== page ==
We all have three classic responses to fear namely fight, flight and freeze, but according to an article published on The Mighty, there is a fourth trauma response called fawn. These responses are not necessarily harmful as they help “us to respond quickly to threats and get to safety.” However, it becomes problematic when you get stuck in one of these trauma responses.
Those “who have lived through prolonged exposure to abuse or trauma (often referred to as complex trauma), the threat never feels like it went away, leaving many individuals stuck in different stress response modes.” Complex trauma is common for victims of domestic violence, for people who experienced the trauma of domestic violence during childhood.
In this article, we explore the different trauma responses to help you identify whether you are experiencing a prolonged trauma response:
With the fight response, the person tries to preserve themselves at all costs. This response usually results “in explosive outbursts of temper, aggressive behaviour, demanding perfection from others, or being unfair in interpersonal confrontations.” An example of this is someone who “lash[es] out in anger at the slightest provocation.”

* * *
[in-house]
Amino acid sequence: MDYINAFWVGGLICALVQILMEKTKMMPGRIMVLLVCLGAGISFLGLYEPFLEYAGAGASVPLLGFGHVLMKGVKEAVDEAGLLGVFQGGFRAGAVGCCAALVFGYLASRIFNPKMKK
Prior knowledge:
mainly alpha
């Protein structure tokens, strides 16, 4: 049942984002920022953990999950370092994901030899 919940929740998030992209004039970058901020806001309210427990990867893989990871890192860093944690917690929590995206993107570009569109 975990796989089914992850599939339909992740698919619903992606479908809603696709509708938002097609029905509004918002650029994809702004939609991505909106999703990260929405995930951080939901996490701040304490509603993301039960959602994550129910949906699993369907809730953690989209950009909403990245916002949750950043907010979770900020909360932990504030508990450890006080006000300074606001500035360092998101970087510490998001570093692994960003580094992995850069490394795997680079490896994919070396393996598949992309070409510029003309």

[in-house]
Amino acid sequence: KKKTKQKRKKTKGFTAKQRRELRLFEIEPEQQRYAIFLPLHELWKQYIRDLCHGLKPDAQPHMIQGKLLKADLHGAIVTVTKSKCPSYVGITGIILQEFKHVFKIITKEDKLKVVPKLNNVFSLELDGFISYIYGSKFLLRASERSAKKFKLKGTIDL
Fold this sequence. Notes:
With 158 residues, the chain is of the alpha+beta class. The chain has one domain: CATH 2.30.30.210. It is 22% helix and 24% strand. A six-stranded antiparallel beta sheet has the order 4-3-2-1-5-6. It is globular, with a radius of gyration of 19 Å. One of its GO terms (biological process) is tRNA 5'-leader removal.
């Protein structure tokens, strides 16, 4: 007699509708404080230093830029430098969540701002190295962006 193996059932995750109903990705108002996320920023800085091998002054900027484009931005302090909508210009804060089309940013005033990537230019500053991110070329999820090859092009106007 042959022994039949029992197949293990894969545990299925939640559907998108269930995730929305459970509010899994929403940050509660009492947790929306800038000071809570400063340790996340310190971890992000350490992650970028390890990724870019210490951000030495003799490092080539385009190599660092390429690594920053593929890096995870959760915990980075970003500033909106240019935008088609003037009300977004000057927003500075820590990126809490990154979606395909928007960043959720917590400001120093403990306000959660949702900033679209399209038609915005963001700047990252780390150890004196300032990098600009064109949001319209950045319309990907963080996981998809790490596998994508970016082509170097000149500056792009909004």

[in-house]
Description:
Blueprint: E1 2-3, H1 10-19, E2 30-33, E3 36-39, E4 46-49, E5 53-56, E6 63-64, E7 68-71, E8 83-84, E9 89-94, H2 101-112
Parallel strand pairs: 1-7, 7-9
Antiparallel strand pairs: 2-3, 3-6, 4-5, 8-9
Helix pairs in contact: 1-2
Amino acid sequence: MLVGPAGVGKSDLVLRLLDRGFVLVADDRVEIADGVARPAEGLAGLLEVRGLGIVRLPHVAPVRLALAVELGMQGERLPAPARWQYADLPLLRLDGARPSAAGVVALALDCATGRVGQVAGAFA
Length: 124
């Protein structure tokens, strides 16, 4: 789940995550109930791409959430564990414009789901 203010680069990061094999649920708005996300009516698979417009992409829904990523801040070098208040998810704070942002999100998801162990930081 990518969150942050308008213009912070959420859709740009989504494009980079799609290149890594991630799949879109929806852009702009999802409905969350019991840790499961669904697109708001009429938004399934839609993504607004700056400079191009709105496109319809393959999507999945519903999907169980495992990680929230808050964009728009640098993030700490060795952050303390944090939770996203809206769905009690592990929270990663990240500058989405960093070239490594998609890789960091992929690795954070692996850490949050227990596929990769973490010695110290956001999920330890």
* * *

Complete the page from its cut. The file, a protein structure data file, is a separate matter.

People who experience the flight response “are usually chronically busy and perfectionistic.” Victims of abuse can use perfection to secure the “love and prevent abandonment by important people in their lives.” This response results in “obsessive thinking or compulsive behaviour, feelings of panic or anxiety, rushing around [and being] unable to sit still or feel relaxed.” An example of this is someone who “avoids interpersonal conflict by immersing herself in work or school.”
People who experience the freeze response “are often mistrustful of others and generally find comfort in solitude…isolates themselves from the outside world, and [has] difficulty making and acting on decisions. An example is a couch potato or someone that always feels defeated by their inability to make decisions.
People who experience fawning tend to people-please and are “so accommodating of others’ needs that they often find themselves in co-dependent relationships.”An example of this is someone who “read[s] danger signals and aims to comply and minimise the confrontation to protect themselves.
All the trauma responses, as mentioned above, are equally damaging, “no one response is better or worse than the others.” If you identify with any of these stress responses and find yourself stuck in one of them, it’s essential “to seek the help of a trauma-informed specialist.”
To read the full article on the four stress responses, click here.